2016 Alumni of the Year Named

Lancaster Mennonite School honored two of its alumni as the 2016 Alumni of the Year for their work at furthering God’s kingdom in the community and living out Lancaster Mennonite’s mission. Christine Baer ’10 and Dr. Chester “Bernie” Good ’75 were recognized during one of the the school’s special 75th anniversary celebration events, “Vocations and Avocations,” November 13, 2016, sharing their personal experiences ofthe impact the school had on their lives.


A chapel service in middle school at LM’s Kraybill Campus ignited a spark that inspired Christine Baer ’10 to work with displaced persons. Today, Baer has made a name for herself on the forefront of the Syrian refugee crisis in central Pennsylvania, and the articulate advocate for refugees has been featured in many news media, locally and nationally, speaking on their behalf as the congregational resource developer for Church World Service, Lancaster.

Baer generates, coordinates and maintains congregational and community support for refugees resettling through the Immigration and Refugee Program. She has been tirelessly educating the Lancaster community about the circumstances of the refugees and how congregations and individuals can help.

The statistics seem to come easily for Baer as she speaks to the media, church groups and anyone who will listen. “There are 805,000 people in urgent need of resettlement,” she said. “Fewer than one percent of refugees get resettled.”

Although persons from many countries need assistance, the Syrian crisis is foremost in her mind. “It is the worst humanitarian crisis of our time. We need to stand up and take action.”

Baer still remembers the chapel service in which a representative from Mennonite Central Committee spoke about the plight of refugees around the world and the need for peacebuilding. The chapel influenced her to take the school’s course in conflict resolution. “That course prompted me to pursue peace studies in college,” she related.

Baer went on to obtain a B.A. in Peace Studies and Conflict Resolution from Eastern Mennonite University, where she was the 2014 Intercollegiate Peace Fellowship Conference Co-coordinator. She was also involved with student government, residence life and Earthkeepers, and was awarded EMU’s Cords of Distinction in recognition of her outstanding contributions to the university, community and society.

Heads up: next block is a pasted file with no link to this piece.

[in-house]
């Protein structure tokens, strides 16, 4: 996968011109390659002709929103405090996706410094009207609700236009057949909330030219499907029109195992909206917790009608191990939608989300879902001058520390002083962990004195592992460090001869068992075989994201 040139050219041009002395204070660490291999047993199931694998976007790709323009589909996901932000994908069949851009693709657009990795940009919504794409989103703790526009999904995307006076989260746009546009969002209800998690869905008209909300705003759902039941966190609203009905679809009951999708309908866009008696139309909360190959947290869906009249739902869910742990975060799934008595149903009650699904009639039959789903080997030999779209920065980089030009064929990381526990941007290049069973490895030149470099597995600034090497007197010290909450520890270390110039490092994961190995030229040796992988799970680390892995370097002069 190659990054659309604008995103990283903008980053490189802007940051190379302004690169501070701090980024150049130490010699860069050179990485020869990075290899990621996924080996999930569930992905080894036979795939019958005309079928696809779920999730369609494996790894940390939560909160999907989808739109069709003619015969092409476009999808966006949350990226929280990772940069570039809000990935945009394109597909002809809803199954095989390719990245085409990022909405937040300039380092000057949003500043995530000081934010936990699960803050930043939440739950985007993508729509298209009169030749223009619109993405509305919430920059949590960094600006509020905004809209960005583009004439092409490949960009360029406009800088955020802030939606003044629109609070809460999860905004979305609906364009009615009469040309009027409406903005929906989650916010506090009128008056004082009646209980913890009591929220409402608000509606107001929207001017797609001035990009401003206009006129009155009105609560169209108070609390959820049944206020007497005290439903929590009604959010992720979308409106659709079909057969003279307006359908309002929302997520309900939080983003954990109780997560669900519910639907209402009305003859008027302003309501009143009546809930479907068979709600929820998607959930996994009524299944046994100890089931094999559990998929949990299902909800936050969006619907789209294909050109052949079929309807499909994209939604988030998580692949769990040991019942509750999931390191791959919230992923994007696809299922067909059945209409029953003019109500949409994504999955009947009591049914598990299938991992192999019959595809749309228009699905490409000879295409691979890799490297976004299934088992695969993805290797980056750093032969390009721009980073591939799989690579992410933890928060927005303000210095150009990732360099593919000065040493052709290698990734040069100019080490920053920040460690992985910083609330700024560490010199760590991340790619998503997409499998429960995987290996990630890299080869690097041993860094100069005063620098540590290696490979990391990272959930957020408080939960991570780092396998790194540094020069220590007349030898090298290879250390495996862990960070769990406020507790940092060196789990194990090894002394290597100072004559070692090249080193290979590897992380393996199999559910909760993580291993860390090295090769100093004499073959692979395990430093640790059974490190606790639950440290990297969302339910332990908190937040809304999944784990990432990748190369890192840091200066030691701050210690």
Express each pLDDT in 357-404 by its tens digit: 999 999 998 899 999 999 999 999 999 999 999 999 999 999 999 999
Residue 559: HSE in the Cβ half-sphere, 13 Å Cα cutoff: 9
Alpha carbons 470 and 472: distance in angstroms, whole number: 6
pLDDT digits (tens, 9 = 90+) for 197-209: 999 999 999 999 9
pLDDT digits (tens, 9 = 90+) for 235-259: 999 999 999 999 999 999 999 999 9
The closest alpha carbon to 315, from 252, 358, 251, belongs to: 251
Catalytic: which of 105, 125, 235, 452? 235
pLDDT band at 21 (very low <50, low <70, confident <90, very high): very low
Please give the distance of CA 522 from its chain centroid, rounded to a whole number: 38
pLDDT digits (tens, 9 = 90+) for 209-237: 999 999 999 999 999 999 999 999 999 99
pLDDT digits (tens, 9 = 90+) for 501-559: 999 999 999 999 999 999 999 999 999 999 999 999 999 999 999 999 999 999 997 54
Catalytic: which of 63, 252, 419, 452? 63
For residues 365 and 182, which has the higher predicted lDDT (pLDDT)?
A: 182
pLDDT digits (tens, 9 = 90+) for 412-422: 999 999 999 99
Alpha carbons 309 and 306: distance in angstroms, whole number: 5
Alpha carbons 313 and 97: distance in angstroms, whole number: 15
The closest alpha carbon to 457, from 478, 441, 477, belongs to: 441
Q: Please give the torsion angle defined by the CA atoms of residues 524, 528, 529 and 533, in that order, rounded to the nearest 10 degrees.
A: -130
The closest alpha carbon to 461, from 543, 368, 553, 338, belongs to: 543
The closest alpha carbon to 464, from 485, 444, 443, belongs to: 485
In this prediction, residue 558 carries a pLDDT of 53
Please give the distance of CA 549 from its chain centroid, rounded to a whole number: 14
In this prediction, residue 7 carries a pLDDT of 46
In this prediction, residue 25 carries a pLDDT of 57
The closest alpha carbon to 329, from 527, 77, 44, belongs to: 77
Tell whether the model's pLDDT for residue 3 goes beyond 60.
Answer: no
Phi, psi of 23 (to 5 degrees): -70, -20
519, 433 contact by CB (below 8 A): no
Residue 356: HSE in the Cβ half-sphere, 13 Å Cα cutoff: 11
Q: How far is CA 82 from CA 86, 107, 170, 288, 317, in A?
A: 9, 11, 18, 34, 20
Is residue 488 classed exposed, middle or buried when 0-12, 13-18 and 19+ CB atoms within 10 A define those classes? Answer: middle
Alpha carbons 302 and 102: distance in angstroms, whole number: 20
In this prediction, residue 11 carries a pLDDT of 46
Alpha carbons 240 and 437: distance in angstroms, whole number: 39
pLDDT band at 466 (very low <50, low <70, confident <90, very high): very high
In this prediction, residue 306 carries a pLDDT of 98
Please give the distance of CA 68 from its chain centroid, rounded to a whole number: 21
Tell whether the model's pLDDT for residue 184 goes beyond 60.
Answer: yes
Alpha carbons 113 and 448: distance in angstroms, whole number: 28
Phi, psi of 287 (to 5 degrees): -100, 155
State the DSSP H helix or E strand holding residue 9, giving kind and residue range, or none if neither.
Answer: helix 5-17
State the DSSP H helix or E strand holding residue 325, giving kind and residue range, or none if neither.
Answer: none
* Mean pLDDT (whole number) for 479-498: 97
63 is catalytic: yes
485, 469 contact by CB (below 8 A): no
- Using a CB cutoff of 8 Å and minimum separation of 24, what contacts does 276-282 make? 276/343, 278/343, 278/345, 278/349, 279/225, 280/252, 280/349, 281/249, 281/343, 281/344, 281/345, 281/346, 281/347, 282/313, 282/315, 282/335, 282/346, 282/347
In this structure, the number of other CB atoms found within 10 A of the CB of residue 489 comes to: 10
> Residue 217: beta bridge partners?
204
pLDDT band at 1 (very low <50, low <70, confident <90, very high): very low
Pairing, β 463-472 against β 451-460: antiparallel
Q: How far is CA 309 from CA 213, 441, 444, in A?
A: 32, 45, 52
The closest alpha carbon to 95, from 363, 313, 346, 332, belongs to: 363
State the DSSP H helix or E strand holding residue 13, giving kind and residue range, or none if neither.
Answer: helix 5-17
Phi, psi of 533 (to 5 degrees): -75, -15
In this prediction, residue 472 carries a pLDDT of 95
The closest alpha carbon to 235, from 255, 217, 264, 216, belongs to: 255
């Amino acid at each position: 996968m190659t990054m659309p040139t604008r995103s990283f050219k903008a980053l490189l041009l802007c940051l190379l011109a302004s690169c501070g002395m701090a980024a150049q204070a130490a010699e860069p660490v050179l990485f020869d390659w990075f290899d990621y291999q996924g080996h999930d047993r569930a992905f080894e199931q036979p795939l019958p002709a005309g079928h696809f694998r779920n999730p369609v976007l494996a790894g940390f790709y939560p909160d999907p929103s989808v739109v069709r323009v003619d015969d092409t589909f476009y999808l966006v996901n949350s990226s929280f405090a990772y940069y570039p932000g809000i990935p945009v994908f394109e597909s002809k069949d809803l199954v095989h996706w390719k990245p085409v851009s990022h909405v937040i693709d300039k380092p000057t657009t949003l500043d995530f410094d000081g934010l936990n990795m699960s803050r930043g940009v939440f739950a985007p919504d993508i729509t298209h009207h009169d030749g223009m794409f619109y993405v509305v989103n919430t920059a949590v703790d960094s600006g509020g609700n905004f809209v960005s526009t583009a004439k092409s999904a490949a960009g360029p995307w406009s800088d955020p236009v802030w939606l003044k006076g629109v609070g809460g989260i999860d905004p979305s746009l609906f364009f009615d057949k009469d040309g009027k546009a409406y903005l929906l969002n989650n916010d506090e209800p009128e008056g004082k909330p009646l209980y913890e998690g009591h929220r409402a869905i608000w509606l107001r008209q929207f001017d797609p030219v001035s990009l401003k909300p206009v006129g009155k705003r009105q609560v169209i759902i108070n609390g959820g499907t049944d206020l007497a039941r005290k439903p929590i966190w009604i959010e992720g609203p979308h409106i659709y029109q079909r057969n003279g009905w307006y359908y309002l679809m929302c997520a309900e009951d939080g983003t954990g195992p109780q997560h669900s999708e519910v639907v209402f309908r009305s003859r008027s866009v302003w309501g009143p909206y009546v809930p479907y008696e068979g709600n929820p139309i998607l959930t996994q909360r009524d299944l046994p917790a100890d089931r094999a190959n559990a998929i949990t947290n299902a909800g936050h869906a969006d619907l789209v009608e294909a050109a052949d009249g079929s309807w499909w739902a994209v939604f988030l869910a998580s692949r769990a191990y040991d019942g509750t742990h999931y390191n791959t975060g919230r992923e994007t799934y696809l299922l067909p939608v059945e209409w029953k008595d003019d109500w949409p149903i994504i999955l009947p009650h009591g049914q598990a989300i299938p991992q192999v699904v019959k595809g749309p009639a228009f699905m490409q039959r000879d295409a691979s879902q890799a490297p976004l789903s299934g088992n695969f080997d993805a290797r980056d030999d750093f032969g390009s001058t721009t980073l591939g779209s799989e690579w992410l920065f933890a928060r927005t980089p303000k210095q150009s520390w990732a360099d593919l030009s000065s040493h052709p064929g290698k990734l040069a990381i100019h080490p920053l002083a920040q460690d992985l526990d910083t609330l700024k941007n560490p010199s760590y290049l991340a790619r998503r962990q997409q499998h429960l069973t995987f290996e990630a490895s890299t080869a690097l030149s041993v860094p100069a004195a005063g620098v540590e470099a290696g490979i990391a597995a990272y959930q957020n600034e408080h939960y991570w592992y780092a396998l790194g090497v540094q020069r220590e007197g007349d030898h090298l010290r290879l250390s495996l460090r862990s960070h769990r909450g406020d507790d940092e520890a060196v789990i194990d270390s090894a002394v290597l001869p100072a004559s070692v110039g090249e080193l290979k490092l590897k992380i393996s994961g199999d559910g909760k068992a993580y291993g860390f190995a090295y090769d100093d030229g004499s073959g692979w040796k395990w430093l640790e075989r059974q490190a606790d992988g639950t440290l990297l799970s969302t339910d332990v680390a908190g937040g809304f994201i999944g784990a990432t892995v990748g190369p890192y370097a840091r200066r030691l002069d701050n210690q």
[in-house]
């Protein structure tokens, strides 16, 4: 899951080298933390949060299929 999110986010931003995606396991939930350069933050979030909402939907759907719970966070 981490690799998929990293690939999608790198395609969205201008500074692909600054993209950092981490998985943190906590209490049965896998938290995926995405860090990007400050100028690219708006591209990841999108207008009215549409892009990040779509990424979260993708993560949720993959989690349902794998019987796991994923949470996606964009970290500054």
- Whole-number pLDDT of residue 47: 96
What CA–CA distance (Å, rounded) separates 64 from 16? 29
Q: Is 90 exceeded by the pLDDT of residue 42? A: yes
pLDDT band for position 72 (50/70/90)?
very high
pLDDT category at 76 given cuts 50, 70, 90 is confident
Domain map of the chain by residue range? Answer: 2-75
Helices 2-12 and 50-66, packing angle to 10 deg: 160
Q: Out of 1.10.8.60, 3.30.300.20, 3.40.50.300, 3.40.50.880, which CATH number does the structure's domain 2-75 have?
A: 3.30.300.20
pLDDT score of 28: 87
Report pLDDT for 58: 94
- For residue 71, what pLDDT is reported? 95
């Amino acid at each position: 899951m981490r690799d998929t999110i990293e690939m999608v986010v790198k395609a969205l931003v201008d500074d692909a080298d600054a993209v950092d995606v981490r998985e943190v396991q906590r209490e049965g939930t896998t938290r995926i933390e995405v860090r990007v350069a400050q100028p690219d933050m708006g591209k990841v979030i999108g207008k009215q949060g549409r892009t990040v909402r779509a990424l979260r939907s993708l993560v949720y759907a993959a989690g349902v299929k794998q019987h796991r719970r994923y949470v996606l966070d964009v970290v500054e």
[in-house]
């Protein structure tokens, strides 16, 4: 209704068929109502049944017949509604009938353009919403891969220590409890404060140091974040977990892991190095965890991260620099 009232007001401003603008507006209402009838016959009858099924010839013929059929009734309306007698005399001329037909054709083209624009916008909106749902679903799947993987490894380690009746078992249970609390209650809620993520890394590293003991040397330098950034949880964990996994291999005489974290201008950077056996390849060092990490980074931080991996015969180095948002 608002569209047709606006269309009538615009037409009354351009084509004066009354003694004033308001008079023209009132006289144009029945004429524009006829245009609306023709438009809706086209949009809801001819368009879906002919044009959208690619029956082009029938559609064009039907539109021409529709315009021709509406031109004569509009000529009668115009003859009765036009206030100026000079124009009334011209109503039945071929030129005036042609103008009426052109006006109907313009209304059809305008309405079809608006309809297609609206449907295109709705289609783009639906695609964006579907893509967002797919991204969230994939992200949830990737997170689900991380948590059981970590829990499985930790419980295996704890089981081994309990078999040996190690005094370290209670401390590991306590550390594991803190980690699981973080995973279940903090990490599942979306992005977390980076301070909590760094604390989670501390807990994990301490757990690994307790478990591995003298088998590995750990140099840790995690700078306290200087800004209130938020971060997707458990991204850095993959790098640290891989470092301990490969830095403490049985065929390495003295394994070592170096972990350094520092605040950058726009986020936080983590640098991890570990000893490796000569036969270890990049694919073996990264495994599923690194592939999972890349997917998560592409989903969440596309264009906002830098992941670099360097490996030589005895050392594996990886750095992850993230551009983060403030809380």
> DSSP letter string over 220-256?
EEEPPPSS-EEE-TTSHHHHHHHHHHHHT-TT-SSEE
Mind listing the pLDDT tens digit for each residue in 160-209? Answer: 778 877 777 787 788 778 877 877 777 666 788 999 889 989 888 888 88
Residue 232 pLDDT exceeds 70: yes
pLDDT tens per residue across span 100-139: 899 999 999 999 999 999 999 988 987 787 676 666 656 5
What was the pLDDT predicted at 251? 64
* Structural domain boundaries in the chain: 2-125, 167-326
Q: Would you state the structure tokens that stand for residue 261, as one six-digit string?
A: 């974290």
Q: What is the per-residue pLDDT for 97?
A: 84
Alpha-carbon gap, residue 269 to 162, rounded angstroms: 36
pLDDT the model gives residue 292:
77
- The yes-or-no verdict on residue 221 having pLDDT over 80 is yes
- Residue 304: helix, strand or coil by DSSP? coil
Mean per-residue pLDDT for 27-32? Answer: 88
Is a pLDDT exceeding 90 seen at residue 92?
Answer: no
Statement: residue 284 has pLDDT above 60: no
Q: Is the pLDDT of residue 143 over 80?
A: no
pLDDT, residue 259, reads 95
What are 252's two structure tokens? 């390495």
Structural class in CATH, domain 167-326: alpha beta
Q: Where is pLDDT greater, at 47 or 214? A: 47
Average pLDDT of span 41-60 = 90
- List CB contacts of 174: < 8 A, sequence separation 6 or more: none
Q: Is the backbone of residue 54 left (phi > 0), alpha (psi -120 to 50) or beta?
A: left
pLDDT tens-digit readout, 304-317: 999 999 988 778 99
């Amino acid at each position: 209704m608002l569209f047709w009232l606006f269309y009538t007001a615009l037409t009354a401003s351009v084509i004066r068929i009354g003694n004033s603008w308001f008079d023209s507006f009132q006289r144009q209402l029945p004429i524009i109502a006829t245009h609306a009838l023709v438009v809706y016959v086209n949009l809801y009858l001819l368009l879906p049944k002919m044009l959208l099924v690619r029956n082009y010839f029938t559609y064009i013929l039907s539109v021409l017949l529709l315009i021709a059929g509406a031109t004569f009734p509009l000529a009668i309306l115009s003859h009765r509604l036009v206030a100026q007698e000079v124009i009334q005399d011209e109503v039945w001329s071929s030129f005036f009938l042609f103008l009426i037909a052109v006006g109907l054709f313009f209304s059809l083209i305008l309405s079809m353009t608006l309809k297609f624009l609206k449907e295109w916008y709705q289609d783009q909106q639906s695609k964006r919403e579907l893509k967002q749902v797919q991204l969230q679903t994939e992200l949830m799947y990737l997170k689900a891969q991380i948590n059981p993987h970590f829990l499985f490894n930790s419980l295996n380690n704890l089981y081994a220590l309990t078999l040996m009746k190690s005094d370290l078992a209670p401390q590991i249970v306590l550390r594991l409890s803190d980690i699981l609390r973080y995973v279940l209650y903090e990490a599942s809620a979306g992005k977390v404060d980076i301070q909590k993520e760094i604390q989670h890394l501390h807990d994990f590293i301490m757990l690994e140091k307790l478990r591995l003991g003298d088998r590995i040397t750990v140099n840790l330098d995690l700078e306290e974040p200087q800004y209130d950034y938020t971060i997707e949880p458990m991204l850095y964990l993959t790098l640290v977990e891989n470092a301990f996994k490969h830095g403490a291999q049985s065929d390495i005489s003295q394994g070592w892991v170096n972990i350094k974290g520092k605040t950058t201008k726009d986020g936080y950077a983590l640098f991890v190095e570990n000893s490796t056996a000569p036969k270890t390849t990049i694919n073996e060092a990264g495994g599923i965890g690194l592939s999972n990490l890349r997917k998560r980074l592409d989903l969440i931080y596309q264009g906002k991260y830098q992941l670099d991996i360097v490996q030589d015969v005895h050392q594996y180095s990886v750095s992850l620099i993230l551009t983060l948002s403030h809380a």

Baer recently served on Lancaster Mennonite Conference’s peace curriculum team to update the conference’s resources for teaching and promoting peace. She currently volunteers with the youth group at Landisville Mennonite Church and serves on the board of Lancaster Mennonite Historical Society.

Baer has continued to be active in LM affairs. She served on the Alumni Board and, most recently, on the Superintendent Search Committee.


Dr. Chester “Bernie” Good ’75 is an internationally-recognized leader in drug safety. As a drug safety expert, Good serves on the Food and Drug Administration’s Drug Oversight Board. He chairs the advisory panel that oversees pharmacy benefits for the Veterans Administration nationally ($5 billion budget), and he is also the co-director of the VA Center for Medication Safety.

“I believe that my years at LMH were quite formative in my faith development, my development as a young man, and as a Christian,” Good said. “I developed friendships which continue to this day, and I grew as a person.”

After graduating from LMH, Good pursued a B.S. in Biochemistry from the University of Maryland, obtained an M.D. from George Washington University and then did specialized study in epidemiology at the University of Pittsburgh where he is now a professor of medicine and pharmacy.

About 15 years ago, Good helped establish and build a medical clinic in Honduras to provide health care, dental care and pharmaceutical care for a large rural population that had very little in the way of health care prior to his coming to their community. Each year, he takes Pitt medicine and pharmacy students with him to work at the Honduras clinic and counts this as one of his most rewarding activities.

Good also enjoys hearing back from former medical students. “I take pride when they have done well, because I think that I have had a small part of that success,” Good says, “and hopefully LM will feel that it has a part in the success of its many students that it influenced over the years, one of which was me.”

Good and his wife are active members of Pittsburgh Mennonite Church.